Enter David Ben-Gurion (1886-1973), one of the Yishuv leaders who was born in Poland as David Gruen and arrived in Palestine in 1906 at the age of 20 and later became the first prime minister of Israel. He strongly advanced the idea of transfer and saw a clear link between the separation of the Palestinians and of the Jews and the plan for the eventual transfer of the Palestinians out of Palestine.
When the Palestinian Revolt took place between 1936 and 1939, the Zionists saw a chance for the strengthening of their underground forces and the expansion of their military infrastructure. It was becoming clear to the Yishuv that the solution to the Palestinian demographic problem can only be achieved through military force.
Ben-Gurion declared in 1936: “…What can drive the Arabs to a mutual understanding with us?…Facts, only after we manage to establish a great Jewish facts in the country will the precondition for discussion with the Arabs be met”.
Vladimir Jabotinsky (1880-1940), born in the Ukraine-USSR, was a member of the World Zionist Organisation. He later founded the Zionist-Revisionist movement, which was the central ideological component of the Likud (which became Ariel Sharon’s Kadima party). He always believed that the creation of a Jewish state meant imposing the will of Zionism on the Palestinian population. He stated:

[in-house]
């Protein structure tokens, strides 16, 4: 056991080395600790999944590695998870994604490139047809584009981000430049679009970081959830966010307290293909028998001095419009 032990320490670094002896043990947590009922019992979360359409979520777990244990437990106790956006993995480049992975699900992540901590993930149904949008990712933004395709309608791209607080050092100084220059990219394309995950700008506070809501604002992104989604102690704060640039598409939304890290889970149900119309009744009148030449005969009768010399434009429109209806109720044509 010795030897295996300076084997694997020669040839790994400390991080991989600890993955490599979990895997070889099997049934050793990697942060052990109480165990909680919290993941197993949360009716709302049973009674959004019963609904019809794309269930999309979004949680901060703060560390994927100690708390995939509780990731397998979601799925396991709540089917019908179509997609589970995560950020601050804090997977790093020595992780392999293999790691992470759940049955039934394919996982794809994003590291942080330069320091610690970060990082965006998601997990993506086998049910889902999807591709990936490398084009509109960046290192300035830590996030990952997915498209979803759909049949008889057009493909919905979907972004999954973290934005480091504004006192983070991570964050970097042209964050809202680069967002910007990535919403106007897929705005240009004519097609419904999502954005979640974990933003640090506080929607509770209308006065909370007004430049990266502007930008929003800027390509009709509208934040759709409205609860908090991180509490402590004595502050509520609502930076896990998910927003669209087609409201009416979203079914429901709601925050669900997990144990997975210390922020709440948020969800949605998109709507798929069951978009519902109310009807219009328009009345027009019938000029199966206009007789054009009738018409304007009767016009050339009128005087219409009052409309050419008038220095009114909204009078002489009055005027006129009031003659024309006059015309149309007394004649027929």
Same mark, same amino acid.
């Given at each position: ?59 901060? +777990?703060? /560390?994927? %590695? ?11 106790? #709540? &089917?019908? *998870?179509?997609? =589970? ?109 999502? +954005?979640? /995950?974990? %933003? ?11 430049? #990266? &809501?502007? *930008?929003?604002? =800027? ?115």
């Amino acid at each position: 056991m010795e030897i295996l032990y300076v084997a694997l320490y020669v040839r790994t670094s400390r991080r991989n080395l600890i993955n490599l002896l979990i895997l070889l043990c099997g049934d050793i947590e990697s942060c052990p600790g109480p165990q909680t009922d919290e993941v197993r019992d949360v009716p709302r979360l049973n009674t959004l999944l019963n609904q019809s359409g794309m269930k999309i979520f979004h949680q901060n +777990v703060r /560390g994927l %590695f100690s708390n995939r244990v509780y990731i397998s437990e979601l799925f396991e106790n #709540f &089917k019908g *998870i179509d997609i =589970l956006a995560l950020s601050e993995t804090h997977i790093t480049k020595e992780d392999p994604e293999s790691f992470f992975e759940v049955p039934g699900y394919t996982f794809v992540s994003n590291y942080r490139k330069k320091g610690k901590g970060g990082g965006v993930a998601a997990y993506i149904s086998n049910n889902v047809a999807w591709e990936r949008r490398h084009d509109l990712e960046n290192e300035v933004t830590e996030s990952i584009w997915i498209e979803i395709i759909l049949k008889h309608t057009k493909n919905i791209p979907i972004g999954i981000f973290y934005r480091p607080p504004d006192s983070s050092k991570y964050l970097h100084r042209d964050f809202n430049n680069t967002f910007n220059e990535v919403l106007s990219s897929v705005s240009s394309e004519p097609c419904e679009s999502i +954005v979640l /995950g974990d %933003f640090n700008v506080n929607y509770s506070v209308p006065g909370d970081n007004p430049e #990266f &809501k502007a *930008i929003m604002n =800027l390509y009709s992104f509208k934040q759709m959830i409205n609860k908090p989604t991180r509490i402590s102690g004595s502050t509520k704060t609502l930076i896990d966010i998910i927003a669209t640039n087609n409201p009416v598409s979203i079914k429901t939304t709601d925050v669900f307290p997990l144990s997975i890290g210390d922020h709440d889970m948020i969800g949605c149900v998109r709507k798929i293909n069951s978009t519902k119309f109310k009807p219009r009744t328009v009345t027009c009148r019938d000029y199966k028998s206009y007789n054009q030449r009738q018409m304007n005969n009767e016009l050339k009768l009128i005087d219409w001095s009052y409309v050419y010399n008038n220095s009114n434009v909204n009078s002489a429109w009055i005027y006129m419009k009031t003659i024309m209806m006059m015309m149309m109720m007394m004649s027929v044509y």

“…colonisation can continue and develop only under the protection of a force independent of the local population – an iron wall which the native population cannot break through…this is our policy towards the Arabs and to formulate it in any other way would be hypocrisy…The Jewish question can be solved either completely or it cannot be solved at all. We are in need of a territory where our people will constitute the overwhelming majority…and one must not be afraid of the word ‘segregation’ ”.
A secret document dated 18 April 1920 from the British General HQ in Cairo to the War Office in London, revealed that the riots of April 1920 in Jerusalem were incited by Jabotinsky and his clique of armed gangs who were well armed. Just before the arrival of the first British High Commissioner Herbert Samuel, an arch-Zionist and a Jew, in Palestine, Jabtinsky was arrested, tried and sentenced by the military court in Jerusalem to 15 years. But, Herbert Samuel later pardoned Jabotinsky against the advice of the War Office.